For in-office bleaching, the dentist often combines bleach with a laser or light to speed up the process. A visit usually takes from 30 minutes to 1 hour, and you may need more than one treatment. Your dentist will protect your gums with a gel or shield and then put the bleaching agent on your teeth. The bleach concentrate used for the in-office process is generally stronger than that used in other methods, because the dentist can watch how it is used.
Your dentist may also give you a kit with a mouthpiece and gel containing the bleach. Your dentist may make a custom mouthpiece to fit your teeth. These kits usually use a lower concentration of bleach than an in-office process. Your dentist will tell you how often to wear the mouthpiece and for how long.
An over-the-counter kit is similar to what your dentist gives you. The bleach concentration, how you use it, and how long you use it varies between products. For example, some products use a mouthpiece and others use strips you lay across your teeth.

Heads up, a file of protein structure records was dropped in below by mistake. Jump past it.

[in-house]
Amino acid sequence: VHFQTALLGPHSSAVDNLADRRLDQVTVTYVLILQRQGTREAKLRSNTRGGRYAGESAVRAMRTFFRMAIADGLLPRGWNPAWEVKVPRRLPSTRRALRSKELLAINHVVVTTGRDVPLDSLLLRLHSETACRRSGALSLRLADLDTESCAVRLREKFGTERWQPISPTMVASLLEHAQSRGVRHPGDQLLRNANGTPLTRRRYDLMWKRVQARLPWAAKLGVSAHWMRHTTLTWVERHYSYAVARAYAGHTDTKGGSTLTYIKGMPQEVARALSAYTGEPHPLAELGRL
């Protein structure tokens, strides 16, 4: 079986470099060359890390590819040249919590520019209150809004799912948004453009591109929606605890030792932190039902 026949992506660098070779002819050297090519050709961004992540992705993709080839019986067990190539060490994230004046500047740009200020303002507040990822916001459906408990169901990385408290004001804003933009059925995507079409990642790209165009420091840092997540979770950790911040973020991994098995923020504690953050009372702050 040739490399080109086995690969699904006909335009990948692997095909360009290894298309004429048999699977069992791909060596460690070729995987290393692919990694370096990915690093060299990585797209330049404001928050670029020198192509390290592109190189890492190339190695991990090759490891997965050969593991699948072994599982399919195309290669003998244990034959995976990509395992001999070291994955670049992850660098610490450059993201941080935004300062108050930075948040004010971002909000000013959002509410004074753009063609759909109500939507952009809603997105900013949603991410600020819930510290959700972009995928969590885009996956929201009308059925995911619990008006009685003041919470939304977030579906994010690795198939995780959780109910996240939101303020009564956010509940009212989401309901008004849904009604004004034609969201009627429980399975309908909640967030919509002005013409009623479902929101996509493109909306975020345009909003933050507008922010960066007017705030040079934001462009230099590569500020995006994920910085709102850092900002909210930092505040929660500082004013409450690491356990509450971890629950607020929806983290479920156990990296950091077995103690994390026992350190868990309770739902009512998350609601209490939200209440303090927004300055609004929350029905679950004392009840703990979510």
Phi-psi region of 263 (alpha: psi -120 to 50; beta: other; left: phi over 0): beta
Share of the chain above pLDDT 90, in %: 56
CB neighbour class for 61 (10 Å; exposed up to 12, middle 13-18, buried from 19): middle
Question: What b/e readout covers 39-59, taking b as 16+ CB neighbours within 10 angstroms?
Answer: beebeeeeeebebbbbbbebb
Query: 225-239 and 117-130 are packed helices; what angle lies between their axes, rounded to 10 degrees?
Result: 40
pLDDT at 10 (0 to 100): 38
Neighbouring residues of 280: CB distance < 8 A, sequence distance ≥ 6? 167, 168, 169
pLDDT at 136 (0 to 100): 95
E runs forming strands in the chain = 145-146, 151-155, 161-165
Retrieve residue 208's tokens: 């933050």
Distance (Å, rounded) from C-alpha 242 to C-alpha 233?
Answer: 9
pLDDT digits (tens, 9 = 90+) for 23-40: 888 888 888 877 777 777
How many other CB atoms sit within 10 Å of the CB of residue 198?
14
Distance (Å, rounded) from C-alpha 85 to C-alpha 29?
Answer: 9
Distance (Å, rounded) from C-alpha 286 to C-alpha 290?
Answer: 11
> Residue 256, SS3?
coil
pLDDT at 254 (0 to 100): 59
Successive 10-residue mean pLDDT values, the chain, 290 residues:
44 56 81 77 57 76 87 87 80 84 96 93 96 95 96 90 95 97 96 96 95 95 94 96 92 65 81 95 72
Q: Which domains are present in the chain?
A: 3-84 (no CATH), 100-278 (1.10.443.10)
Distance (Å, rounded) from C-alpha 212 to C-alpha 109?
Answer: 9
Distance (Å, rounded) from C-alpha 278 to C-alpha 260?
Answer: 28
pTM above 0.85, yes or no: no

All of these methods have different costs, and your insurance will usually not pay for them. You choose the method that works best for you and that you can afford.
Talk to your dentist before whitening your teeth. It does not work for everyone. Using a bleach product for:
- Yellowish teeth usually works well.
- Brownish teeth will work, but not as well as for yellowish teeth.
- Grayish-hued teeth may not work well at all.
Bleaching also may not work if you have had bonding or tooth-coloured fillings in your front teeth. The bleach will not affect the colour of these materials, and they will stand out if you whiten the rest of your teeth. Always talk with your dentist before you use tooth whitening, especially if you have many fillings, crowns, or very dark stains.
Bleaching your teeth may have side effects. Teeth can become sensitive when you are using the bleaching solution, but this sensitivity usually goes away when you finish your treatment. A mouthpiece that does not fit well may hurt your gums.
Remember that whitening is not permanent. Your teeth will slowly become discolored again. Some lifestyle choices, such as drinking coffee or using tobacco, will speed up how fast your teeth lose their new whiteness.